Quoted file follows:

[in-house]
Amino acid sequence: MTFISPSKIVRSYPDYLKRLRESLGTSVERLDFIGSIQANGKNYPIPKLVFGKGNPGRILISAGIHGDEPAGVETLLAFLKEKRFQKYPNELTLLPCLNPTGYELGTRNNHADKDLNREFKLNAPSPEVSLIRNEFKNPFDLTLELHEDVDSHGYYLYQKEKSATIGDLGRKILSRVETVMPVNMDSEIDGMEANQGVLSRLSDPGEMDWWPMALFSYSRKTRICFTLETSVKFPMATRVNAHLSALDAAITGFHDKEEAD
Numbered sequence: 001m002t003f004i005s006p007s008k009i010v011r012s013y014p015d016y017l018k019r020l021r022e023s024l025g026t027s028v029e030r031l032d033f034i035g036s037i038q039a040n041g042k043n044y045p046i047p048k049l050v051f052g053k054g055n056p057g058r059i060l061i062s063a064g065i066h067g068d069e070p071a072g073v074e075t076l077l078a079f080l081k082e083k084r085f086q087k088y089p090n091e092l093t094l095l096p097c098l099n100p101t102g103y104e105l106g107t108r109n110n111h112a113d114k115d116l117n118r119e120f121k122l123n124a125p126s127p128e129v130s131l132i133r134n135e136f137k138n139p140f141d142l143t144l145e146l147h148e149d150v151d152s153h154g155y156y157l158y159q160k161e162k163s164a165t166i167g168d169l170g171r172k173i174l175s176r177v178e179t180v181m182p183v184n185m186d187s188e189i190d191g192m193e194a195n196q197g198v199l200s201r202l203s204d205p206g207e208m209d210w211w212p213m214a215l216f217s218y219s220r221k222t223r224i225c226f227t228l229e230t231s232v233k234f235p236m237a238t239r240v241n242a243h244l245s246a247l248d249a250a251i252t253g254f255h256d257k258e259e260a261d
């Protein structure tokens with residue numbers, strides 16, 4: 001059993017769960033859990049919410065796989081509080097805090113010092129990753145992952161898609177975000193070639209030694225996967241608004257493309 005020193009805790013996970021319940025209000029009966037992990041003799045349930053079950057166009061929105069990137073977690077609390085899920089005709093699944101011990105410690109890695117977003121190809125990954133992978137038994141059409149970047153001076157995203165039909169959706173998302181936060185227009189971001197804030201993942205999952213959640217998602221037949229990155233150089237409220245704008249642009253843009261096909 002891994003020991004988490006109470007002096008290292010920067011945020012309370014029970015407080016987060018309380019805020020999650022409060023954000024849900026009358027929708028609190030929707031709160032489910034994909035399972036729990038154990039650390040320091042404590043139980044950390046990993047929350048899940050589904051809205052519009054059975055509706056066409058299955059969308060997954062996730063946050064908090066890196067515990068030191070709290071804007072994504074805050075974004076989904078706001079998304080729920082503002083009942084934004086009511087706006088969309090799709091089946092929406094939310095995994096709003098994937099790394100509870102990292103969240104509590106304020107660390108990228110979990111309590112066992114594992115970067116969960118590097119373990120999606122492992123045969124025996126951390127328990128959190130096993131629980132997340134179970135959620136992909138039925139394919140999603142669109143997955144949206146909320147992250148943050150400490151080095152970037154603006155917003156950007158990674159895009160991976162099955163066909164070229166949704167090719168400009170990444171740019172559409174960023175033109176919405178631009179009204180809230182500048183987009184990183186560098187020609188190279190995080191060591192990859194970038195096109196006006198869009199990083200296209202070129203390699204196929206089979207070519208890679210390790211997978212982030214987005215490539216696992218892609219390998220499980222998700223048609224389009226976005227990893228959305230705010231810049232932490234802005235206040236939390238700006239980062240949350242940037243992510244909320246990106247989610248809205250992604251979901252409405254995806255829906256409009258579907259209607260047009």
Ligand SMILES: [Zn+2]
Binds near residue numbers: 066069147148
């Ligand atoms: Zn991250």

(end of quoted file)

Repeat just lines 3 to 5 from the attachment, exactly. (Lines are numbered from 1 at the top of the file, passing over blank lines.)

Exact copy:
Numbered sequence: 001m002t003f004i005s006p007s008k009i010v011r012s013y014p015d016y017l018k019r020l021r022e023s024l025g026t027s028v029e030r031l032d033f034i035g036s037i038q039a040n041g042k043n044y045p046i047p048k049l050v051f052g053k054g055n056p057g058r059i060l061i062s063a064g065i066h067g068d069e070p071a072g073v074e075t076l077l078a079f080l081k082e083k084r085f086q087k088y089p090n091e092l093t094l095l096p097c098l099n100p101t102g103y104e105l106g107t108r109n110n111h112a113d114k115d116l117n118r119e120f121k122l123n124a125p126s127p128e129v130s131l132i133r134n135e136f137k138n139p140f141d142l143t144l145e146l147h148e149d150v151d152s153h154g155y156y157l158y159q160k161e162k163s164a165t166i167g168d169l170g171r172k173i174l175s176r177v178e179t180v181m182p183v184n185m186d187s188e189i190d191g192m193e194a195n196q197g198v199l200s201r202l203s204d205p206g207e208m209d210w211w212p213m214a215l216f217s218y219s220r221k222t223r224i225c226f227t228l229e230t231s232v233k234f235p236m237a238t239r240v241n242a243h244l245s246a247l248d249a250a251i252t253g254f255h256d257k258e259e260a261d
């Protein structure tokens with residue numbers, strides 16, 4: 001059993017769960033859990049919410065796989081509080097805090113010092129990753145992952161898609177975000193070639209030694225996967241608004257493309 005020193009805790013996970021319940025209000029009966037992990041003799045349930053079950057166009061929105069990137073977690077609390085899920089005709093699944101011990105410690109890695117977003121190809125990954133992978137038994141059409149970047153001076157995203165039909169959706173998302181936060185227009189971001197804030201993942205999952213959640217998602221037949229990155233150089237409220245704008249642009253843009261096909 002891994003020991004988490006109470007002096008290292010920067011945020012309370014029970015407080016987060018309380019805020020999650022409060023954000024849900026009358027929708028609190030929707031709160032489910034994909035399972036729990038154990039650390040320091042404590043139980044950390046990993047929350048899940050589904051809205052519009054059975055509706056066409058299955059969308060997954062996730063946050064908090066890196067515990068030191070709290071804007072994504074805050075974004076989904078706001079998304080729920082503002083009942084934004086009511087706006088969309090799709091089946092929406094939310095995994096709003098994937099790394100509870102990292103969240104509590106304020107660390108990228110979990111309590112066992114594992115970067116969960118590097119373990120999606122492992123045969124025996126951390127328990128959190130096993131629980132997340134179970135959620136992909138039925139394919140999603142669109143997955144949206146909320147992250148943050150400490151080095152970037154603006155917003156950007158990674159895009160991976162099955163066909164070229166949704167090719168400009170990444171740019172559409174960023175033109176919405178631009179009204180809230182500048183987009184990183186560098187020609188190279190995080191060591192990859194970038195096109196006006198869009199990083200296209202070129203390699204196929206089979207070519208890679210390790211997978212982030214987005215490539216696992218892609219390998220499980222998700223048609224389009226976005227990893228959305230705010231810049232932490234802005235206040236939390238700006239980062240949350242940037243992510244909320246990106247989610248809205250992604251979901252409405254995806255829906256409009258579907259209607260047009």
Ligand SMILES: [Zn+2]